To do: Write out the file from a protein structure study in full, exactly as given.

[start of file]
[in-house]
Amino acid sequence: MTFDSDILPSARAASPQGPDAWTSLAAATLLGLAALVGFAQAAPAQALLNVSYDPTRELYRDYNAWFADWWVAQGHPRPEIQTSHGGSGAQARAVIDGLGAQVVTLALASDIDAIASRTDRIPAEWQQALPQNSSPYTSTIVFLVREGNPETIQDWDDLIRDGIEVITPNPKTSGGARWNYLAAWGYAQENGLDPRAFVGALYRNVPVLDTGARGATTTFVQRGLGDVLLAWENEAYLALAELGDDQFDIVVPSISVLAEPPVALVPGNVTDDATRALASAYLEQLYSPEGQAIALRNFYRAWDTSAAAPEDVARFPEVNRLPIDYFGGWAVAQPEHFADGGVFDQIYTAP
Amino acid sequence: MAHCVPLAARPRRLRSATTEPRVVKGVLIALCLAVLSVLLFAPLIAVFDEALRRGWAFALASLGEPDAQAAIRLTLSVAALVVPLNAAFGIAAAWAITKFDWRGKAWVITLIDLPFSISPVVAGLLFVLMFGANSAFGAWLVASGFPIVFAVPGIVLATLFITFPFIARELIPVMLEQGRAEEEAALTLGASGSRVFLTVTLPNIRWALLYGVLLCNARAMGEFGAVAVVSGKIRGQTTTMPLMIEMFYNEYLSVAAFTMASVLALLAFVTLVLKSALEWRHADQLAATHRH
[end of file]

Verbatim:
[in-house]
Amino acid sequence: MTFDSDILPSARAASPQGPDAWTSLAAATLLGLAALVGFAQAAPAQALLNVSYDPTRELYRDYNAWFADWWVAQGHPRPEIQTSHGGSGAQARAVIDGLGAQVVTLALASDIDAIASRTDRIPAEWQQALPQNSSPYTSTIVFLVREGNPETIQDWDDLIRDGIEVITPNPKTSGGARWNYLAAWGYAQENGLDPRAFVGALYRNVPVLDTGARGATTTFVQRGLGDVLLAWENEAYLALAELGDDQFDIVVPSISVLAEPPVALVPGNVTDDATRALASAYLEQLYSPEGQAIALRNFYRAWDTSAAAPEDVARFPEVNRLPIDYFGGWAVAQPEHFADGGVFDQIYTAP
Amino acid sequence: MAHCVPLAARPRRLRSATTEPRVVKGVLIALCLAVLSVLLFAPLIAVFDEALRRGWAFALASLGEPDAQAAIRLTLSVAALVVPLNAAFGIAAAWAITKFDWRGKAWVITLIDLPFSISPVVAGLLFVLMFGANSAFGAWLVASGFPIVFAVPGIVLATLFITFPFIARELIPVMLEQGRAEEEAALTLGASGSRVFLTVTLPNIRWALLYGVLLCNARAMGEFGAVAVVSGKIRGQTTTMPLMIEMFYNEYLSVAAFTMASVLALLAFVTLVLKSALEWRHADQLAATHRH